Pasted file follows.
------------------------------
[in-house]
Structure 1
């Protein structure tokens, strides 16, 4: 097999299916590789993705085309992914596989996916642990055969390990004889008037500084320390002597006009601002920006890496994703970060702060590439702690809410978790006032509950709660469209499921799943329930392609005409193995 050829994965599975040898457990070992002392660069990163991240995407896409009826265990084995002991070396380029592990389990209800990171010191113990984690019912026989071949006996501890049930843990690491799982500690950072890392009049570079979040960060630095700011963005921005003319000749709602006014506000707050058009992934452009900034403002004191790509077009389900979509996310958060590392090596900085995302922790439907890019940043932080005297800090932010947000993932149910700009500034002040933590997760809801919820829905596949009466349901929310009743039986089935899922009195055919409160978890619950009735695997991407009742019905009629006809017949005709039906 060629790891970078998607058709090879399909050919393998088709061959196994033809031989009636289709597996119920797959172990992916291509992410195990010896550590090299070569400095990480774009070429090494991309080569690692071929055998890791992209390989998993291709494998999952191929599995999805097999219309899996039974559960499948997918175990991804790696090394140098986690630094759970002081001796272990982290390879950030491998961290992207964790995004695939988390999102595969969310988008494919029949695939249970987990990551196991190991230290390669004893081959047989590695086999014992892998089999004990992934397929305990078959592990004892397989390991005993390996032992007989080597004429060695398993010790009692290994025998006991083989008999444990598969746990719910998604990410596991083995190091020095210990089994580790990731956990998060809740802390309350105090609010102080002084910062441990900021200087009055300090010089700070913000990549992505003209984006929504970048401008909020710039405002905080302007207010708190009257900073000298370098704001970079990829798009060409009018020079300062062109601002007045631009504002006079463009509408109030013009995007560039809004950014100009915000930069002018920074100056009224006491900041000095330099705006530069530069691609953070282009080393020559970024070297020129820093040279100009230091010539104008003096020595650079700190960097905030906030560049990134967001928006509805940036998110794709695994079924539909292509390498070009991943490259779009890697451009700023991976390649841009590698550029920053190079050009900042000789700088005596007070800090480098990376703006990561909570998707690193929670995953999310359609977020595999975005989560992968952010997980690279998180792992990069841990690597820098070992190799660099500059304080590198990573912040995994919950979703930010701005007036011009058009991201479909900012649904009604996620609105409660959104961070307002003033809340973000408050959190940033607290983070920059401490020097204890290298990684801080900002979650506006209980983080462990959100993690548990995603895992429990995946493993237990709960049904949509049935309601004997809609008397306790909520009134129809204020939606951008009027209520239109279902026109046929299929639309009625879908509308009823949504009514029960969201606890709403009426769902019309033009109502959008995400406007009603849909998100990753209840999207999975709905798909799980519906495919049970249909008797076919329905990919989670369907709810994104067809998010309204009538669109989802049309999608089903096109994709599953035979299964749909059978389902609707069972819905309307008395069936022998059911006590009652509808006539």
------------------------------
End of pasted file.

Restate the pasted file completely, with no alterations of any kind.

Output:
[in-house]
Structure 1
């Protein structure tokens, strides 16, 4: 097999299916590789993705085309992914596989996916642990055969390990004889008037500084320390002597006009601002920006890496994703970060702060590439702690809410978790006032509950709660469209499921799943329930392609005409193995 050829994965599975040898457990070992002392660069990163991240995407896409009826265990084995002991070396380029592990389990209800990171010191113990984690019912026989071949006996501890049930843990690491799982500690950072890392009049570079979040960060630095700011963005921005003319000749709602006014506000707050058009992934452009900034403002004191790509077009389900979509996310958060590392090596900085995302922790439907890019940043932080005297800090932010947000993932149910700009500034002040933590997760809801919820829905596949009466349901929310009743039986089935899922009195055919409160978890619950009735695997991407009742019905009629006809017949005709039906 060629790891970078998607058709090879399909050919393998088709061959196994033809031989009636289709597996119920797959172990992916291509992410195990010896550590090299070569400095990480774009070429090494991309080569690692071929055998890791992209390989998993291709494998999952191929599995999805097999219309899996039974559960499948997918175990991804790696090394140098986690630094759970002081001796272990982290390879950030491998961290992207964790995004695939988390999102595969969310988008494919029949695939249970987990990551196991190991230290390669004893081959047989590695086999014992892998089999004990992934397929305990078959592990004892397989390991005993390996032992007989080597004429060695398993010790009692290994025998006991083989008999444990598969746990719910998604990410596991083995190091020095210990089994580790990731956990998060809740802390309350105090609010102080002084910062441990900021200087009055300090010089700070913000990549992505003209984006929504970048401008909020710039405002905080302007207010708190009257900073000298370098704001970079990829798009060409009018020079300062062109601002007045631009504002006079463009509408109030013009995007560039809004950014100009915000930069002018920074100056009224006491900041000095330099705006530069530069691609953070282009080393020559970024070297020129820093040279100009230091010539104008003096020595650079700190960097905030906030560049990134967001928006509805940036998110794709695994079924539909292509390498070009991943490259779009890697451009700023991976390649841009590698550029920053190079050009900042000789700088005596007070800090480098990376703006990561909570998707690193929670995953999310359609977020595999975005989560992968952010997980690279998180792992990069841990690597820098070992190799660099500059304080590198990573912040995994919950979703930010701005007036011009058009991201479909900012649904009604996620609105409660959104961070307002003033809340973000408050959190940033607290983070920059401490020097204890290298990684801080900002979650506006209980983080462990959100993690548990995603895992429990995946493993237990709960049904949509049935309601004997809609008397306790909520009134129809204020939606951008009027209520239109279902026109046929299929639309009625879908509308009823949504009514029960969201606890709403009426769902019309033009109502959008995400406007009603849909998100990753209840999207999975709905798909799980519906495919049970249909008797076919329905990919989670369907709810994104067809998010309204009538669109989802049309999608089903096109994709599953035979299964749909059978389902609707069972819905309307008395069936022998059911006590009652509808006539």